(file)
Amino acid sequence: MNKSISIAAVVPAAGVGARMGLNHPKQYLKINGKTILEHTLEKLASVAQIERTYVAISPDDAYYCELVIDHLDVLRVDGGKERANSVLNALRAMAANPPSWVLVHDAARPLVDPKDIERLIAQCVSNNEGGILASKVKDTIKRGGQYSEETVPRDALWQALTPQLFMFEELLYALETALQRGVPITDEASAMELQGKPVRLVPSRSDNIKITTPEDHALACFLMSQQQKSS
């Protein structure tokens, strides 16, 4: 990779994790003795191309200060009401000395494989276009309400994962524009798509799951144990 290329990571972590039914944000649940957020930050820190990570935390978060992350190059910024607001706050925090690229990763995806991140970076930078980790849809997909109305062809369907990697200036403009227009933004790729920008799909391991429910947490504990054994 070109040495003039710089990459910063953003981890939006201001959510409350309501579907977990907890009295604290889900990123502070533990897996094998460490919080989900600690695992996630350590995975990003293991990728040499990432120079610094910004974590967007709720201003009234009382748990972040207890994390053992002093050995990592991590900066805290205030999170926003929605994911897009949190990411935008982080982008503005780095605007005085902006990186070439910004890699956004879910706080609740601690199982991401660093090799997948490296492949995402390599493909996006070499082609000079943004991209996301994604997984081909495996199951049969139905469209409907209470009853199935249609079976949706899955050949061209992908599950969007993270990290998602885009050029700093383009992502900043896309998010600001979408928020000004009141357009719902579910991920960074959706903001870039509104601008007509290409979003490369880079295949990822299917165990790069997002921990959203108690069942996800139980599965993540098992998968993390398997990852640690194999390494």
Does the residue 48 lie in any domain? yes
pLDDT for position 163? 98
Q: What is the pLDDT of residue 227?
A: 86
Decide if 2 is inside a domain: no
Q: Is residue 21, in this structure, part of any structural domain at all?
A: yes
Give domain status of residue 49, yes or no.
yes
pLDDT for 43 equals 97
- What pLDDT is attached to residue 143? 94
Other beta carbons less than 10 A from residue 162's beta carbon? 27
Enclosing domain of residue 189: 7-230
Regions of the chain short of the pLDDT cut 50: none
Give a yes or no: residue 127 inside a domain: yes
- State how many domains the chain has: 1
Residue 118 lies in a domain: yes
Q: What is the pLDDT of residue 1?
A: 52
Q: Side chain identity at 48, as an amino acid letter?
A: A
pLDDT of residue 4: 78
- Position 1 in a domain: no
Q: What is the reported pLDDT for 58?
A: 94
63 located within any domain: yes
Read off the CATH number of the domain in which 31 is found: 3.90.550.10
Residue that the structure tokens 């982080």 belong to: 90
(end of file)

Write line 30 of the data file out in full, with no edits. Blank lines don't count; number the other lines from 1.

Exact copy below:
Residue that the structure tokens 């982080």 belong to: 90